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Targeting Weed Seed Destruction at Soybean Harvest

There has been considerable attention to and research with weed seed destruction methods at or immediately following soybean harvest, a technology known as Harvest Weed Seed Control (HWSC). Destroying weed seed at this time prevents them from entering the soil weed seedbank, and provides a potential non-chemical mechanism for control of herbicide-resistant (HR) weeds. The major tenets of this concept/practice are covered in a White Paper on this website.

The factors that will influence the potential success of HWSC methods are 1) the amount of seed retention by targeted weed plants at soybean harvest, and 2) the component of the harvest residue (straw or chaff) leaving the combine that contains the majority of the weed seeds. Information about these two components will determine the success of HWSC methods. Previous research has shown that several weed species such as Palmer amaranth do retain a large majority of their seed at soybean maturity. Thus, these seed are harvested with the mature soybean seed and will travel through the harvesting machine, potentially leaving the combine in the grain, straw, and chaff components. The weed seed that enter the grain bin with soybean seed will cause a decrease in harvested crop quality that leads to dockage at the elevator, but these weed seed are removed from the field and do not enter the soil weed seedbank. Conversely, those weed seed that leave the combine in the straw and chaff will enter the soil weed seedbank and be available for future germination and subsequent crop infestation.

For a mechanical method such as the integrated Harrington Seed Destructor (iHSD) to be effective at destroying weed seeds at harvest, it must be attached to the combine where it will encounter the residue component (straw or chaff) that contains the greatest amount of weed seed exiting the combine. Results from research conducted in Arkansas by Green, Norsworthy, and Walsh that are reported in an article titled “Distribution of Common Cocklebur and Palmer Amaranth Seed Exiting the Combine for Harvest Weed Seed Control in Soybean” (Crop, Forage, and Turfgrass Management–https://doi.org/10.1002/cft2.20064) address this issue. A summary of the research conduct and results follow.

•   The study was conducted for two years at the Univ. of Arkansas NE Res. and Ext. Center in Keiser, Arkansas (lat. 35°40').

•   The objective of the study was to determine where (grain, straw, or chaff) seed of Palmer amaranth (small-seeded) and common cocklebur (large-seeded) exit the combine during soybean harvest. Samples were collected from these three harvested components for analysis of their content of weed seed.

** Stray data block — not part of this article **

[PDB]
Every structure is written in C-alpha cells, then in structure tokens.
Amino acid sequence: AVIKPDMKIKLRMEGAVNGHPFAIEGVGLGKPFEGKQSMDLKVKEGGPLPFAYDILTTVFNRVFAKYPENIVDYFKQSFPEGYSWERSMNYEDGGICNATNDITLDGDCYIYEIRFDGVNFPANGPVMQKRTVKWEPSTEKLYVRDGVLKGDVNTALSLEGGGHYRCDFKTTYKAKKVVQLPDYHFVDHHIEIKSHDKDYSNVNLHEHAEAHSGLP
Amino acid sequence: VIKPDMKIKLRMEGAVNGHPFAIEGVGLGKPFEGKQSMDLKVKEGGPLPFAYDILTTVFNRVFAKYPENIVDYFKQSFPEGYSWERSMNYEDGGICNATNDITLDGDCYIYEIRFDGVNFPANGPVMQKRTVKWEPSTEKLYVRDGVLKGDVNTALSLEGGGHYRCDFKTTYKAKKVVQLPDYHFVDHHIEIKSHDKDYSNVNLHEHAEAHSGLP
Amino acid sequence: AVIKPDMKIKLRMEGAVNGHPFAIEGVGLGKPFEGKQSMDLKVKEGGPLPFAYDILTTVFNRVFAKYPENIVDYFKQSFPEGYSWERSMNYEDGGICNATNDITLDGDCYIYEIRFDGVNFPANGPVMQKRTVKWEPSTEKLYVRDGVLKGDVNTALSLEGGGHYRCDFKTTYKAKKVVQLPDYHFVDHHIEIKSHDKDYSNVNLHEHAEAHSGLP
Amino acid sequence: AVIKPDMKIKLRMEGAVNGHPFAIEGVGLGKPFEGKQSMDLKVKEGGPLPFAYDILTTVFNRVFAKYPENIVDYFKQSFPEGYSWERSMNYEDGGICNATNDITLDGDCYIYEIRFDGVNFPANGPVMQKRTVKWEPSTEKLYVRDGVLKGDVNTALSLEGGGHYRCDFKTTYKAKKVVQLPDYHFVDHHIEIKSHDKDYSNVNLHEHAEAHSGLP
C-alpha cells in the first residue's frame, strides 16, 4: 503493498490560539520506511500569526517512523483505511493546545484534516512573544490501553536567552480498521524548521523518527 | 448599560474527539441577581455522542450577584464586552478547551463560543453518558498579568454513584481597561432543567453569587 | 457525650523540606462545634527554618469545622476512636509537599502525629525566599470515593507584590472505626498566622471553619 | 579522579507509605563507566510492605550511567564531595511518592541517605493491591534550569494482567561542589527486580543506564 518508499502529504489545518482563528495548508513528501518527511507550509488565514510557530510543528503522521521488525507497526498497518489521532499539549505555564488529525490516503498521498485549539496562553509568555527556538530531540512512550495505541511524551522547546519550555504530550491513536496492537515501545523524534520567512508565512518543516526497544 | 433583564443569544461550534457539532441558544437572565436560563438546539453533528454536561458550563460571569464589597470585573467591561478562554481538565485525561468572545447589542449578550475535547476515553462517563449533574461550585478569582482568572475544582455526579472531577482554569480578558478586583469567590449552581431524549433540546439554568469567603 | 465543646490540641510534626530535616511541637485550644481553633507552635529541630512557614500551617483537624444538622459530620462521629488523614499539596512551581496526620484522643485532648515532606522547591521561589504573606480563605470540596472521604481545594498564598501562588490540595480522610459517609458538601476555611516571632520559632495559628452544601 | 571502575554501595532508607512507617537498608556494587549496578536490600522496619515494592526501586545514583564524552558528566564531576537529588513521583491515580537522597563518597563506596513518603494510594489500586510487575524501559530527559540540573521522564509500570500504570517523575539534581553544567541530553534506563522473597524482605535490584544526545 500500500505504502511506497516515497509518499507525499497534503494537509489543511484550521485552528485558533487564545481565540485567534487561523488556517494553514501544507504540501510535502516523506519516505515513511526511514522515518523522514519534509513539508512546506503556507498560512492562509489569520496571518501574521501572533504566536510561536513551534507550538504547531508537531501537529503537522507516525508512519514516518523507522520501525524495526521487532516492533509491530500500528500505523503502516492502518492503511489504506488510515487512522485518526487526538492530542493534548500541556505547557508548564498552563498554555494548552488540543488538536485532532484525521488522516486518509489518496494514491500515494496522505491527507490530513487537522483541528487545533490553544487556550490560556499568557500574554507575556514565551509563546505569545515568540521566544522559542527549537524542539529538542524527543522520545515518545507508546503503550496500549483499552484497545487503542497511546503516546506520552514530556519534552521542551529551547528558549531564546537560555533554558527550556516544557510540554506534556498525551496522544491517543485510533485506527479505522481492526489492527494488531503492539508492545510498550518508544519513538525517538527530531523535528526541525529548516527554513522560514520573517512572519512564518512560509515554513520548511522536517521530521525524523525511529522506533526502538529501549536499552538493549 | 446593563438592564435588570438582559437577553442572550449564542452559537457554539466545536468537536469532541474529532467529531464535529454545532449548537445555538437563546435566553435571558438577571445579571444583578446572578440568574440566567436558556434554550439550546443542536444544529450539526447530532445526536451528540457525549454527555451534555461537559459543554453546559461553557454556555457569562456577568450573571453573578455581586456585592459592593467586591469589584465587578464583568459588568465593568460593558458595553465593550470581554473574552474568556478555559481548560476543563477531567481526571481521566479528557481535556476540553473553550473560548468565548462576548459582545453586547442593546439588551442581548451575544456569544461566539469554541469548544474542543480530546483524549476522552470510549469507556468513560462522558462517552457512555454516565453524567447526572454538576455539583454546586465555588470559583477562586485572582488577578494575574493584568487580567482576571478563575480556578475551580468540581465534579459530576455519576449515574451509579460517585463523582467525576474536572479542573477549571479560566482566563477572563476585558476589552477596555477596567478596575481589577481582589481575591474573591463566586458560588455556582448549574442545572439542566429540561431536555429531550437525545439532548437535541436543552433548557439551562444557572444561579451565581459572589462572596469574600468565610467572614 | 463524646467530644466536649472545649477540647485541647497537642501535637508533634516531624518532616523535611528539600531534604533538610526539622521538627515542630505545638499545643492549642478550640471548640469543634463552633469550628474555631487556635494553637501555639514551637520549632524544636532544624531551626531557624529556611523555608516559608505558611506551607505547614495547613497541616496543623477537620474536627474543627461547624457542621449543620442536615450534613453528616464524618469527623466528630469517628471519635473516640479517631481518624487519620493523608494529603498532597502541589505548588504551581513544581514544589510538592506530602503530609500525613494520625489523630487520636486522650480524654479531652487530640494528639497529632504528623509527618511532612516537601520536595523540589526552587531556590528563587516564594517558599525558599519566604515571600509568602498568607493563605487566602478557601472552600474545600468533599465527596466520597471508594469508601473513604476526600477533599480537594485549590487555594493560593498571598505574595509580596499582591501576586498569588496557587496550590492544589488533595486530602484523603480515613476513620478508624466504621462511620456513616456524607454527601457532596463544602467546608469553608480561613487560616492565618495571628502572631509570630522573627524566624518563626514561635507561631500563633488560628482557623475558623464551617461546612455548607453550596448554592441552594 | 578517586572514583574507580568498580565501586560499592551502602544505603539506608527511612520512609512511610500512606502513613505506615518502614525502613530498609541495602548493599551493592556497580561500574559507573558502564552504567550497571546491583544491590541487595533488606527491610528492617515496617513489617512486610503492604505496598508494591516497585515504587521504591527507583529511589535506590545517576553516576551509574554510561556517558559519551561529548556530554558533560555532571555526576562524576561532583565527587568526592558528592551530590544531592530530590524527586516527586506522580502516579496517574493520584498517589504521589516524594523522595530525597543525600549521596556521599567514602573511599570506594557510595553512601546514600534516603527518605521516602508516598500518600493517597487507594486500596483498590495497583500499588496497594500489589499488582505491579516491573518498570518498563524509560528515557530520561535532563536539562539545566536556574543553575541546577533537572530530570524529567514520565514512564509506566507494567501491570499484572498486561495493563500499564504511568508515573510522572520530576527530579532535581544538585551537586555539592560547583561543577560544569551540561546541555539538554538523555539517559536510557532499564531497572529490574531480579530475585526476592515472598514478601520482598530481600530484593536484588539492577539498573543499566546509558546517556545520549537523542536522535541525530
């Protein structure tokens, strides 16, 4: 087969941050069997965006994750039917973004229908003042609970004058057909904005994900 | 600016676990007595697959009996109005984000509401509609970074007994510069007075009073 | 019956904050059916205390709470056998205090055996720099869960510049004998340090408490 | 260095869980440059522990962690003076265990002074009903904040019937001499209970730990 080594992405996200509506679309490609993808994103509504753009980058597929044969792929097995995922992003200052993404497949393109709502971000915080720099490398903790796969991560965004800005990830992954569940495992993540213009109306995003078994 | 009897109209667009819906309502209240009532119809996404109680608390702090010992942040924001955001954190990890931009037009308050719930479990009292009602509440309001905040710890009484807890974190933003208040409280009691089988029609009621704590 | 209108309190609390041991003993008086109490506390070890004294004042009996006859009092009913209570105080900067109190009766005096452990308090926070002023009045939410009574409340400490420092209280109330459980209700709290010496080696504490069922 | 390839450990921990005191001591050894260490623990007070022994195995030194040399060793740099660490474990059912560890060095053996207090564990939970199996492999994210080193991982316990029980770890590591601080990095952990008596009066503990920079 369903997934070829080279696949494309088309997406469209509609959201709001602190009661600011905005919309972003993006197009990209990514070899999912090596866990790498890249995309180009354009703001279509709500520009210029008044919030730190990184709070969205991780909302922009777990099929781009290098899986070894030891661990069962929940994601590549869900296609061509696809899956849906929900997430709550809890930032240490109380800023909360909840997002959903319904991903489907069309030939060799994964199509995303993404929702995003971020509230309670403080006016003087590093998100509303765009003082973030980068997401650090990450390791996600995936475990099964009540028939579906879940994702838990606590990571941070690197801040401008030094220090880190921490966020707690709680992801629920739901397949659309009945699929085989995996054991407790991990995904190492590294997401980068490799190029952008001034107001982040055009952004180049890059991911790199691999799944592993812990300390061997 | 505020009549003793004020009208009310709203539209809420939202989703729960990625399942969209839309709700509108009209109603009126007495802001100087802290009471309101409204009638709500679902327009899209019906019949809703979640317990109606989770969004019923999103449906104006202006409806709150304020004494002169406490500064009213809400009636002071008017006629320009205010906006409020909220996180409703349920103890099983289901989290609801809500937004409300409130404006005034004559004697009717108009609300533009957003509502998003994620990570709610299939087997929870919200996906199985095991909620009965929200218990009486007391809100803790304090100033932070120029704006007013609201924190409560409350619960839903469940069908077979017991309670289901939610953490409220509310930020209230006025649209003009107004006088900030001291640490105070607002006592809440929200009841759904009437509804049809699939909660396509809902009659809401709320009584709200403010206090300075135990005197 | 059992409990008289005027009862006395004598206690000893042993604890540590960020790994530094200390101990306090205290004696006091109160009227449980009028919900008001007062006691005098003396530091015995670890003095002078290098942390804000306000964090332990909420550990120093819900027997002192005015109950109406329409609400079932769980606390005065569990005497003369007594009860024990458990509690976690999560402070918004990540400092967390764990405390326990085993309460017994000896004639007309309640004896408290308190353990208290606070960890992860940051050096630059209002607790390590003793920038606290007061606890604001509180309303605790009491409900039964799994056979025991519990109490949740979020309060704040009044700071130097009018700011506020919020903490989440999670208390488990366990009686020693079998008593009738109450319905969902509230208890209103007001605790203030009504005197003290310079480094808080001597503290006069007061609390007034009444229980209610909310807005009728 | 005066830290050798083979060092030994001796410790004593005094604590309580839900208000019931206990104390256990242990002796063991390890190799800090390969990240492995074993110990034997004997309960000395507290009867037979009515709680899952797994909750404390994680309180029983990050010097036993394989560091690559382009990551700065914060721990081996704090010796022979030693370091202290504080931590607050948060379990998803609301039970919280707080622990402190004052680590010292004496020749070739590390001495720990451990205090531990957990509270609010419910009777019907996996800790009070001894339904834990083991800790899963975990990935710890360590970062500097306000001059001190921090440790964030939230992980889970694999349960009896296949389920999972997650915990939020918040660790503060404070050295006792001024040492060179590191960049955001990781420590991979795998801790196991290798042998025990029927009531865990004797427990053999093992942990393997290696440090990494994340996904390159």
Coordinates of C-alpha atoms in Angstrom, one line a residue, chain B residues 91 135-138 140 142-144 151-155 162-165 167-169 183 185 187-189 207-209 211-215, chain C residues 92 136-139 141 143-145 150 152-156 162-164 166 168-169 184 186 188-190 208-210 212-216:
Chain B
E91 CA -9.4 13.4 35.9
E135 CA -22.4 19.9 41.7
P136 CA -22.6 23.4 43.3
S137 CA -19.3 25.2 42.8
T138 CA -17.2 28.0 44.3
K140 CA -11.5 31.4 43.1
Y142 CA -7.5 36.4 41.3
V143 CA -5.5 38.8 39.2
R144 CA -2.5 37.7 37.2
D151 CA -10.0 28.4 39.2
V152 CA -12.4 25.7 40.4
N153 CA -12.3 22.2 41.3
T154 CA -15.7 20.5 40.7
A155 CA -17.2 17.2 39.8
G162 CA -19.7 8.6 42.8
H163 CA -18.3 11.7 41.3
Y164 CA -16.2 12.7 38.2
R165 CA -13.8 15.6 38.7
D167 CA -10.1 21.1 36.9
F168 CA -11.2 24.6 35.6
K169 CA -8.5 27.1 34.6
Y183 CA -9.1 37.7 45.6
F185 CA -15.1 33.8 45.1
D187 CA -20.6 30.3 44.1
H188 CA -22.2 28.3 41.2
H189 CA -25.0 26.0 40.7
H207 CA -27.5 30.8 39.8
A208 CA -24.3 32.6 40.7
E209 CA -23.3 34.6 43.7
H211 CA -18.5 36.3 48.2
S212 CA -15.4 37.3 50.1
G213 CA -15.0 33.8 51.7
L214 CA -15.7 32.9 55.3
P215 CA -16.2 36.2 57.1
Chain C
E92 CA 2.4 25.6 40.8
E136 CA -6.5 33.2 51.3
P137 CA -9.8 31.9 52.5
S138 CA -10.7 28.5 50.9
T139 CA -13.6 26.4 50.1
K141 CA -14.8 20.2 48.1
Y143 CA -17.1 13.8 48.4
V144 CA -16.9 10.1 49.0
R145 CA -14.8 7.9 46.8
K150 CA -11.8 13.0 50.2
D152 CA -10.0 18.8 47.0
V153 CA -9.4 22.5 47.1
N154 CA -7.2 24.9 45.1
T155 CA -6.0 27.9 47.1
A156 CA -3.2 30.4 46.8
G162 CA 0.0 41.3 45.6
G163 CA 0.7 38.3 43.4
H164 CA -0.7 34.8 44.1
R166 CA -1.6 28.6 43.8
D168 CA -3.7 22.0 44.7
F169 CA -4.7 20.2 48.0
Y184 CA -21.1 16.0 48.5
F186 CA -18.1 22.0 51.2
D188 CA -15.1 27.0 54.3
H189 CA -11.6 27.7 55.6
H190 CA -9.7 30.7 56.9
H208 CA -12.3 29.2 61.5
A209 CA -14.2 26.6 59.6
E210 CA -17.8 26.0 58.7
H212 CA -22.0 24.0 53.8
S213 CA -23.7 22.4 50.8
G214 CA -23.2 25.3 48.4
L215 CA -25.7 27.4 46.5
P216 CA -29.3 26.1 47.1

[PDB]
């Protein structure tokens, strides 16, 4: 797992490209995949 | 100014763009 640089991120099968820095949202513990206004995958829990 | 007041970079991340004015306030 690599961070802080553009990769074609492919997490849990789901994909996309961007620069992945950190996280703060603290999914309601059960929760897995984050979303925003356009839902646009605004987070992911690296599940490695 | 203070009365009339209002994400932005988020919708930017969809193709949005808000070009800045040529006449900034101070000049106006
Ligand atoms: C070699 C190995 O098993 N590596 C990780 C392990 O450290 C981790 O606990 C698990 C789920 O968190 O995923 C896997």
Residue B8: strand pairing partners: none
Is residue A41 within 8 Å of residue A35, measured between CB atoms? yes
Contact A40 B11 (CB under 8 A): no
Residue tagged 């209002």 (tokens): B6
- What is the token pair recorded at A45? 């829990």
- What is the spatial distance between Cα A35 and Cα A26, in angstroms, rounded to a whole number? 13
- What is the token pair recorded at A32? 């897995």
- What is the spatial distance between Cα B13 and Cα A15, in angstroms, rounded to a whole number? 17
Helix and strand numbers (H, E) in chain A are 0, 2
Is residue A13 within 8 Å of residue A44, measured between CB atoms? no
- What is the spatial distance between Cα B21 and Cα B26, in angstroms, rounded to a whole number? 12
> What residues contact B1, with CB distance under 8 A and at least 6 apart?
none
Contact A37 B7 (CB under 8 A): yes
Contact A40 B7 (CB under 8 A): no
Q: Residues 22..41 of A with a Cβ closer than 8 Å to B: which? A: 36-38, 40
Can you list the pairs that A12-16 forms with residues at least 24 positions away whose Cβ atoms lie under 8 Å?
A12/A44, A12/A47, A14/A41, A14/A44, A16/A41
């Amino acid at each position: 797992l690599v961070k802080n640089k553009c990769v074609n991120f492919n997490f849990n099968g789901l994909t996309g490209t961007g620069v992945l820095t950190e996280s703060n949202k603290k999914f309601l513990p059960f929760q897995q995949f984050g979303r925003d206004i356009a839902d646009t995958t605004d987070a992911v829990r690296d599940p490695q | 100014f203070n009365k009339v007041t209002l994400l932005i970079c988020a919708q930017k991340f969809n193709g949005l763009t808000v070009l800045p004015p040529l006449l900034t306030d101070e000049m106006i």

•   Averaged across years, the chaff component contained the majority (75% + 2.14%) of common cocklebur burs. The grain and straw fractions contained nearly equal amounts of burs (12 + 1.2% and 13 + 1.8%, respectively).

•   Across both years, the chaff component contained 85 + 3.7% of Palmer amaranth seed, while the straw and grain components contained 9 + 3.2% and 6 + 2.4%, respectively.

•   The above results, coupled with cited results from other studies, indicate that the majority of seed from both large- and small-seeded weeds will exit the combine in the chaff component of harvest residue.

•   These results indicate that targeting weed seed leaving the combine in the chaff component of harvest residue for destruction via HWSC methods such as the iHSD should have a profound impact on future weed management, and thus be of great value toward the control of HR weeds that have evolved resistance to previously efficacious herbicides.

The following articles on this website provide additional information about HWSC.

Harvest Weed Seed Control

Harvest Weed Seed Control–MSSOY White Paper

Soil Weed Seedbank–One Source of Weed Problems–MSSOY White Paper

Weed Seed Destruction in Soybean Harvest Residue

The preponderance of results from research in the cited/linked papers and articles is that HWSC can and likely should be incorporated into soybean weed management programs. This non-chemical technology appears to offer a path to reducing the viable seed of problematic HR weeds, and this should result in fewer weed plants that must be controlled in subsequent soybean crops.

Composed by Larry G. Heatherly, Oct. 2020, larryheatherly@bellsouth.net